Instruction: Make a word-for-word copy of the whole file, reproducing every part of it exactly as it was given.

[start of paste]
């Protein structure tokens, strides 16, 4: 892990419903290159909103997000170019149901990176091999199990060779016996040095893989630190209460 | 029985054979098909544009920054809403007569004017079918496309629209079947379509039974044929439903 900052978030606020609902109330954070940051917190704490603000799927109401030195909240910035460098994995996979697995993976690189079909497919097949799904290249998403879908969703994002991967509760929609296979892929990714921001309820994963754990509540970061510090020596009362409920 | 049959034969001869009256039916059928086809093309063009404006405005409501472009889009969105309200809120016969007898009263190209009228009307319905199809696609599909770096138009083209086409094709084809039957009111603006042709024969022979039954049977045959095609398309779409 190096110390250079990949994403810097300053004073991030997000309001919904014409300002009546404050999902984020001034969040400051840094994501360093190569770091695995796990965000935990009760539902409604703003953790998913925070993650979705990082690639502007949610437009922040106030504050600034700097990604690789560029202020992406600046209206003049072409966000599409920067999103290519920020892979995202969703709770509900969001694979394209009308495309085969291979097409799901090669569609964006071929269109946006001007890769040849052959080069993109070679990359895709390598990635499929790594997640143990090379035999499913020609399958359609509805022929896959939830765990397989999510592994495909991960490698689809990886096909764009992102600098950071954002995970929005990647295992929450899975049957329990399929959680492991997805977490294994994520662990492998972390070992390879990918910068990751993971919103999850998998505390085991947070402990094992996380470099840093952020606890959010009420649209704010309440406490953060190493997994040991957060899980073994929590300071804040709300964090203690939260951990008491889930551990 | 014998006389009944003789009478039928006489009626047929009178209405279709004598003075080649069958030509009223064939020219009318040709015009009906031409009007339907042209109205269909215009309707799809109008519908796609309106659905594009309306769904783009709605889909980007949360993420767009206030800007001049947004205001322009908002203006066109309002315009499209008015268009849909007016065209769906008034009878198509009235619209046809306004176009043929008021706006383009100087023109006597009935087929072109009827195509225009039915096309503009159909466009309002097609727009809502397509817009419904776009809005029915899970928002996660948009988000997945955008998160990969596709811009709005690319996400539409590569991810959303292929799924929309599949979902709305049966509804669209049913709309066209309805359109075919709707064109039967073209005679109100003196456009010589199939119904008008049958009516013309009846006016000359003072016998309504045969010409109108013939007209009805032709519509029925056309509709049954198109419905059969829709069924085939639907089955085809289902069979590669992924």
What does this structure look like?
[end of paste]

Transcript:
């Protein structure tokens, strides 16, 4: 892990419903290159909103997000170019149901990176091999199990060779016996040095893989630190209460 | 029985054979098909544009920054809403007569004017079918496309629209079947379509039974044929439903 900052978030606020609902109330954070940051917190704490603000799927109401030195909240910035460098994995996979697995993976690189079909497919097949799904290249998403879908969703994002991967509760929609296979892929990714921001309820994963754990509540970061510090020596009362409920 | 049959034969001869009256039916059928086809093309063009404006405005409501472009889009969105309200809120016969007898009263190209009228009307319905199809696609599909770096138009083209086409094709084809039957009111603006042709024969022979039954049977045959095609398309779409 190096110390250079990949994403810097300053004073991030997000309001919904014409300002009546404050999902984020001034969040400051840094994501360093190569770091695995796990965000935990009760539902409604703003953790998913925070993650979705990082690639502007949610437009922040106030504050600034700097990604690789560029202020992406600046209206003049072409966000599409920067999103290519920020892979995202969703709770509900969001694979394209009308495309085969291979097409799901090669569609964006071929269109946006001007890769040849052959080069993109070679990359895709390598990635499929790594997640143990090379035999499913020609399958359609509805022929896959939830765990397989999510592994495909991960490698689809990886096909764009992102600098950071954002995970929005990647295992929450899975049957329990399929959680492991997805977490294994994520662990492998972390070992390879990918910068990751993971919103999850998998505390085991947070402990094992996380470099840093952020606890959010009420649209704010309440406490953060190493997994040991957060899980073994929590300071804040709300964090203690939260951990008491889930551990 | 014998006389009944003789009478039928006489009626047929009178209405279709004598003075080649069958030509009223064939020219009318040709015009009906031409009007339907042209109205269909215009309707799809109008519908796609309106659905594009309306769904783009709605889909980007949360993420767009206030800007001049947004205001322009908002203006066109309002315009499209008015268009849909007016065209769906008034009878198509009235619209046809306004176009043929008021706006383009100087023109006597009935087929072109009827195509225009039915096309503009159909466009309002097609727009809502397509817009419904776009809005029915899970928002996660948009988000997945955008998160990969596709811009709005690319996400539409590569991810959303292929799924929309599949979902709305049966509804669209049913709309066209309805359109075919709707064109039967073209005679109100003196456009010589199939119904008008049958009516013309009846006016000359003072016998309504045969010409109108013939007209009805032709519509029925056309509709049954198109419905059969829709069924085939639907089955085809289902069979590669992924």
What does this structure look like?